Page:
Horse-Riding: Lateral Bending

The horse’s neck is naturally more supple than his bulky trunk, which includes a relatively unyielding rib cage and heavy musculature. A horse can remain rigid throughout his trunk and still bend his neck to reach a fly or scratch his body way back. However, correct lateral bending occurs only when the horse is evenly bent throughout his body, along his spinal cord.

At the beginning of dressage training, the major task is to teach a horse to carry his rider in balance on a straight line. The horse should move evenly and straight without pushing his shoulders or haunches in or out, his hind legs following the forelegs so that the horse’s spinal cord remains the center axis from which the hoofprints are equidistant. The rider should never become a passive traveler, and even on a running horse, he should keep his legs intimately in touch with the horse’s sides, teaching the horse the concept that he may move only under conditions of aiding.

Most of the time, a horse moves on a bent line. Only seldom is there a straight path to move on. In our small riding arenas, there are two long walls and two short walls where a horse should move straight. Otherwise, most riding is done on various arcs and circles or in the combination of them, whether it is jumping or other gymnastic disciplines that the rider may pursue. Lateral bending can be practiced qualitatively in two different ways.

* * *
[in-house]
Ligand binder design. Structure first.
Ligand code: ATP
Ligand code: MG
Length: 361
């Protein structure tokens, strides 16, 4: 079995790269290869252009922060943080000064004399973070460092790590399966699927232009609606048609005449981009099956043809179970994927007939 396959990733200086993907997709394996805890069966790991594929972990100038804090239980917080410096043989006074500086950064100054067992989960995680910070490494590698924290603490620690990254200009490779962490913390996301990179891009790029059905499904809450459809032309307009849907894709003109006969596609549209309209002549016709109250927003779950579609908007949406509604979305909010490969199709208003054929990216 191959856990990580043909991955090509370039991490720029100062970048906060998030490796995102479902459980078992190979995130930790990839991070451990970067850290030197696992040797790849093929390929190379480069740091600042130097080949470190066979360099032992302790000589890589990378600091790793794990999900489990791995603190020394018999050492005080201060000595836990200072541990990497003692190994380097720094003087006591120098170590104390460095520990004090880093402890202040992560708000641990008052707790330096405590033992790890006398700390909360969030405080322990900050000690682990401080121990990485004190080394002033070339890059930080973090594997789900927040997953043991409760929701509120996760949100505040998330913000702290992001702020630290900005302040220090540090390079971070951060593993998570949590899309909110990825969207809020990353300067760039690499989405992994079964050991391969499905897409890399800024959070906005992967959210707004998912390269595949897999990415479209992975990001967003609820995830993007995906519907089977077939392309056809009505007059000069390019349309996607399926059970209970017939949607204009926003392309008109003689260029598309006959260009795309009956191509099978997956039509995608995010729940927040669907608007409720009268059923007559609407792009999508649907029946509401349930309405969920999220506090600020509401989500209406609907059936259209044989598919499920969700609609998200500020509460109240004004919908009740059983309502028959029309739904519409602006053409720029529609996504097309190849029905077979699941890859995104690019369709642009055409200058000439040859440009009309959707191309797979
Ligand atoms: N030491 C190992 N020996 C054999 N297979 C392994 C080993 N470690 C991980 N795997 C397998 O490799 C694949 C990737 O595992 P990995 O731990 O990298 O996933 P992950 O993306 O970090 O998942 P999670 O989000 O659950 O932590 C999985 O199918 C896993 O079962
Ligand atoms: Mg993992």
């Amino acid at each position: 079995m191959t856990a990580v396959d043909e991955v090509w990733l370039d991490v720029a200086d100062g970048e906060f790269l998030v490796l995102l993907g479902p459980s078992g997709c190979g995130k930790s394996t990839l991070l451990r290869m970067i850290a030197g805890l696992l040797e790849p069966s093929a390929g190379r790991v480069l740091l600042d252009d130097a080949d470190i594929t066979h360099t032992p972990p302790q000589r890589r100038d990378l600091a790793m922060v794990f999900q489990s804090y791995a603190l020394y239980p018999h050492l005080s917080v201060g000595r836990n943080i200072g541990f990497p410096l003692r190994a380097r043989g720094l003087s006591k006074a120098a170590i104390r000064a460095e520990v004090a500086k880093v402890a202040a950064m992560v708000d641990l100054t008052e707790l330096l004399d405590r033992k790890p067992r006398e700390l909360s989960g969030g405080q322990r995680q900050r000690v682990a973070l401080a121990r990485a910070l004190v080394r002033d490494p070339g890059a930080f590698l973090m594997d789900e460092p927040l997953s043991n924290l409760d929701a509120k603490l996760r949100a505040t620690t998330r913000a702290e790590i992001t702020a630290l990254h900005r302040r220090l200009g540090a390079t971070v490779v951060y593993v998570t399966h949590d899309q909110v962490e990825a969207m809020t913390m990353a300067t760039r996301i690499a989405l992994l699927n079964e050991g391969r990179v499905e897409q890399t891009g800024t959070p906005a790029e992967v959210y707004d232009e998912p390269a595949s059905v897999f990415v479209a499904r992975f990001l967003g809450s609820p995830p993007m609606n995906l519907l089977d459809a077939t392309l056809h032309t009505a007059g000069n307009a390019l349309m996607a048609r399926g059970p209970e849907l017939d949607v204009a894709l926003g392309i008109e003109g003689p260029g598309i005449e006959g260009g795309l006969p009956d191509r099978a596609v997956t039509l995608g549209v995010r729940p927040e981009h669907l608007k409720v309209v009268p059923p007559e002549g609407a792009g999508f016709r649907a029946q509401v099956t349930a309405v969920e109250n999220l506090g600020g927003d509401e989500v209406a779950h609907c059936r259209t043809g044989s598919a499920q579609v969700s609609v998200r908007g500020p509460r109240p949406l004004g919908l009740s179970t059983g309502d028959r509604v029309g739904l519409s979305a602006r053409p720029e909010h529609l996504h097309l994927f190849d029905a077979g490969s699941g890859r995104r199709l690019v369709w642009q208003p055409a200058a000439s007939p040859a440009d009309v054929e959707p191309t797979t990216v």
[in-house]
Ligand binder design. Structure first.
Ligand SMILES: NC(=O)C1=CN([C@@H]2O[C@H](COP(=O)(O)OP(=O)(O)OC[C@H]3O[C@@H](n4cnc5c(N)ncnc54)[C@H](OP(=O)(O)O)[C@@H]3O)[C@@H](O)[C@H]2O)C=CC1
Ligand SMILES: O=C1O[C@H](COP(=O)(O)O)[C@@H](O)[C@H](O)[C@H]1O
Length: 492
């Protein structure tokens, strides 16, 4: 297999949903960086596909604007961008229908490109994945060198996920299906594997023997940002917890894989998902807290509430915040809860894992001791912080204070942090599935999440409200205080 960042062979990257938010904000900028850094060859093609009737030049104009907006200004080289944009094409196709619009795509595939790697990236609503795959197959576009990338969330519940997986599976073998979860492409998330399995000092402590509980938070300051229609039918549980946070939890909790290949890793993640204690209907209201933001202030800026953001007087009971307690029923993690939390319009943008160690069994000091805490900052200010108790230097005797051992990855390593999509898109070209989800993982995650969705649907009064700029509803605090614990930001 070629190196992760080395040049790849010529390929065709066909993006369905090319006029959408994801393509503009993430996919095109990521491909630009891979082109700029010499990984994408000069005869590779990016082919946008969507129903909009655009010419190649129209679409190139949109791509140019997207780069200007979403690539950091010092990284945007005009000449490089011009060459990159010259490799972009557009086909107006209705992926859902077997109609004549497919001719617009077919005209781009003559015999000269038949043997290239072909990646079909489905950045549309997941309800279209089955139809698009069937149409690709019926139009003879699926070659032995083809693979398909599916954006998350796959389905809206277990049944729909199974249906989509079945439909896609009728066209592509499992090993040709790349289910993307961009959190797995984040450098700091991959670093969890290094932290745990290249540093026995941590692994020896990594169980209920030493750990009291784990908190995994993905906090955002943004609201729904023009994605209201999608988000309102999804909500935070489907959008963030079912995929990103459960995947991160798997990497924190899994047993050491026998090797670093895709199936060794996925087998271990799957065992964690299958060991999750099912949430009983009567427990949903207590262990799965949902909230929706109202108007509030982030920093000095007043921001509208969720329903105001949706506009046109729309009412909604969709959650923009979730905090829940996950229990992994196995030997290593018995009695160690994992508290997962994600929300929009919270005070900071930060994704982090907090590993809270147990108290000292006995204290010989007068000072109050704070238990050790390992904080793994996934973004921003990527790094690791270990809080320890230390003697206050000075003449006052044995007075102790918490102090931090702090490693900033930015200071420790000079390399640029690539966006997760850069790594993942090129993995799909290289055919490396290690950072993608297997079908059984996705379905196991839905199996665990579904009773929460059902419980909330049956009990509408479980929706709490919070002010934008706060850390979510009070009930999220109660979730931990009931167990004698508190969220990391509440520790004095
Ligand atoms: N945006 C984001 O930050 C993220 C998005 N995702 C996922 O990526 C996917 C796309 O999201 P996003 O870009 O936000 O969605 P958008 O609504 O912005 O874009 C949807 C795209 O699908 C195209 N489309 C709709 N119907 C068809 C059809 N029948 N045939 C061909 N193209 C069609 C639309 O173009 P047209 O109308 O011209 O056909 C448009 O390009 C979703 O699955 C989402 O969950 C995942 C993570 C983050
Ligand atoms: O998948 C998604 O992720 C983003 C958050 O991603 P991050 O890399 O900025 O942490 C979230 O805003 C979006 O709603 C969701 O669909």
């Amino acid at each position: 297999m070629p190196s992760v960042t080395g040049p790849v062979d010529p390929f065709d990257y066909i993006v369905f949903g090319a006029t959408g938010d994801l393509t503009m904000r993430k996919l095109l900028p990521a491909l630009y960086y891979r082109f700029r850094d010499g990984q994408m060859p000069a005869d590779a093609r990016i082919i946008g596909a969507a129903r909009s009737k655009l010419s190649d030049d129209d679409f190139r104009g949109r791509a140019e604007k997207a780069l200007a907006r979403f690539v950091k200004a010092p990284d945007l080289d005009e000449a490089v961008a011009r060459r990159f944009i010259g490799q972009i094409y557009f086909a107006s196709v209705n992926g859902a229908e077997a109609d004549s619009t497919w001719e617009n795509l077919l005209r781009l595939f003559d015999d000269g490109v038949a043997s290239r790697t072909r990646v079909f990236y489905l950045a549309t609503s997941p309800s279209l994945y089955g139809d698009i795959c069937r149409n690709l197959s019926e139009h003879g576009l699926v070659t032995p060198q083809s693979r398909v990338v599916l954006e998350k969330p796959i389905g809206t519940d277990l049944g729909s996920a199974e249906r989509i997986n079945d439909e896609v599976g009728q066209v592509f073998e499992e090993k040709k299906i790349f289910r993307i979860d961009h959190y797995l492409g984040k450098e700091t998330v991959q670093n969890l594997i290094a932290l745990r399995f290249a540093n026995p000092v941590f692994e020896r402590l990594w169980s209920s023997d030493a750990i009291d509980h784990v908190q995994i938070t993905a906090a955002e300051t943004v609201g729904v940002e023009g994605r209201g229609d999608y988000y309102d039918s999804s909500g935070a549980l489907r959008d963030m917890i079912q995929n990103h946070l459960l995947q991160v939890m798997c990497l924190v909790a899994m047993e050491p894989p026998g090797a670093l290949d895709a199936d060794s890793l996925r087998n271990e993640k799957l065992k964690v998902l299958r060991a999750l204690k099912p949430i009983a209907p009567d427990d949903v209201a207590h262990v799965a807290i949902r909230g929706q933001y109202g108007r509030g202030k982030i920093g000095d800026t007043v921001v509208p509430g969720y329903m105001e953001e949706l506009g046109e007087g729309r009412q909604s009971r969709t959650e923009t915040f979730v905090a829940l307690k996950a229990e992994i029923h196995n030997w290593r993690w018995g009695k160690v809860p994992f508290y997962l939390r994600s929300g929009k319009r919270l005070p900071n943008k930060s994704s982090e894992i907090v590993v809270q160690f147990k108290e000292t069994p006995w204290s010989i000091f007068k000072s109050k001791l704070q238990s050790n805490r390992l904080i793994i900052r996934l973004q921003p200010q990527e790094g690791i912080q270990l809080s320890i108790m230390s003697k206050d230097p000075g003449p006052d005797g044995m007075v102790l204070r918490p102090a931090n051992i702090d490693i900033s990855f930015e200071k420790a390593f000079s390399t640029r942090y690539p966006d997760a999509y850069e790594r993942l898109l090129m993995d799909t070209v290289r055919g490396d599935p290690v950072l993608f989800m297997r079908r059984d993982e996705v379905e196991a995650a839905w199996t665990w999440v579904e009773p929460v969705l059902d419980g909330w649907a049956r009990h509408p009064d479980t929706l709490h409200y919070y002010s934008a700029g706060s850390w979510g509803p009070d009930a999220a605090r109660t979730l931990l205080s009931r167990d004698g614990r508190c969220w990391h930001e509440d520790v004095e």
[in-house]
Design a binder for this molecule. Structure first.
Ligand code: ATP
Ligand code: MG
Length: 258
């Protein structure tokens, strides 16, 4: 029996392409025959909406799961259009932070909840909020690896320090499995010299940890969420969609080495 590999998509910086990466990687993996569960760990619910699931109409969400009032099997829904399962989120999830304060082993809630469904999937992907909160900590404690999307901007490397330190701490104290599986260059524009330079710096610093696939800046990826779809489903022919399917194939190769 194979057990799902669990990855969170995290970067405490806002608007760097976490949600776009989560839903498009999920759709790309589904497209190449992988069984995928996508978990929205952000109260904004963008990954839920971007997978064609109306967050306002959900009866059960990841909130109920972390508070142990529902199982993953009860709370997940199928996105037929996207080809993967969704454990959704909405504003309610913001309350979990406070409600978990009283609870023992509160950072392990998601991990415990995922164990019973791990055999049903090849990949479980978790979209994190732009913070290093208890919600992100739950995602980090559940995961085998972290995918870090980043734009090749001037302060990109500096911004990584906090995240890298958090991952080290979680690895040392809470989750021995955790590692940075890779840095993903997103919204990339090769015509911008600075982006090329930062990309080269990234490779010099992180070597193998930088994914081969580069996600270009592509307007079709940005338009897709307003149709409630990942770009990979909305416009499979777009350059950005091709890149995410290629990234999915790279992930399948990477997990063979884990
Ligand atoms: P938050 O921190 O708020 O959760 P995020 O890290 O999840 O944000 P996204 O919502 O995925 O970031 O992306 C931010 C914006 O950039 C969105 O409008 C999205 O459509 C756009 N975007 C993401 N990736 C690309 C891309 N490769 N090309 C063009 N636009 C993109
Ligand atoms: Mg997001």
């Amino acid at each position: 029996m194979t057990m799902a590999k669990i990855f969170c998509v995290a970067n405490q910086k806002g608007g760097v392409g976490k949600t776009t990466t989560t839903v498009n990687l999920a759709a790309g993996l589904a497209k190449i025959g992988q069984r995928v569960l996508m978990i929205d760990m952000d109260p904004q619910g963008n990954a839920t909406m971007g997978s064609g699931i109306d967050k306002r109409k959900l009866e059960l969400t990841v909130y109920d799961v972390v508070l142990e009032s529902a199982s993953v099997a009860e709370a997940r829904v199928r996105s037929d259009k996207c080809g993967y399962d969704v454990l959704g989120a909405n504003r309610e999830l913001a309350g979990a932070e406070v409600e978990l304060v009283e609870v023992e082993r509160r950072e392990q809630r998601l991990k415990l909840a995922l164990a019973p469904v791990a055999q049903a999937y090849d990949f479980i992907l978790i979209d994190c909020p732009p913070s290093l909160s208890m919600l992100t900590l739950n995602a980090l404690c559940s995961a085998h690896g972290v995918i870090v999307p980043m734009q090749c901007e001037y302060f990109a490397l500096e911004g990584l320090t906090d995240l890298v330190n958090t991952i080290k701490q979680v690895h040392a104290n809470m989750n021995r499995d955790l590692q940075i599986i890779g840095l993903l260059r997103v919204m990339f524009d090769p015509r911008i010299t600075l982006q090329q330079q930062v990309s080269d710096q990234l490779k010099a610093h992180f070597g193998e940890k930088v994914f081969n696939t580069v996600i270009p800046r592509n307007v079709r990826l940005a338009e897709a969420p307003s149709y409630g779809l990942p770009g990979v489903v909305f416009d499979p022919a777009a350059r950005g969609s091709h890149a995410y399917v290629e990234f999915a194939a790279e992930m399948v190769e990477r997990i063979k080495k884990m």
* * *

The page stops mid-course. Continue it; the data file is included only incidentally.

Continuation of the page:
The simpler lateral exercises are those done on circular lines, while the horse’s hind legs continue to follow in the direction of the corresponding forelegs. These are called “single track” lateral exercises. The path of the horse proceeds on an arc. Such is the case with all the corners of a riding arena, since they are parts of an incomplete circle. To that, we can add the riding of a full circle, which can be of any size, usually larger for a stiffer, novice horse and smaller according to the horse’s ability to bend as he improves his suppleness. Then we can ride serpentine lines, which are more difficult than simple circles, because the horse is asked to bend from side to side in succession. Finally, we can ride figure eights, which are rather difficult to do well, as the horse must sustain bending for a long while on each side, yet is given only one straight step to change the bend from one side to the other side.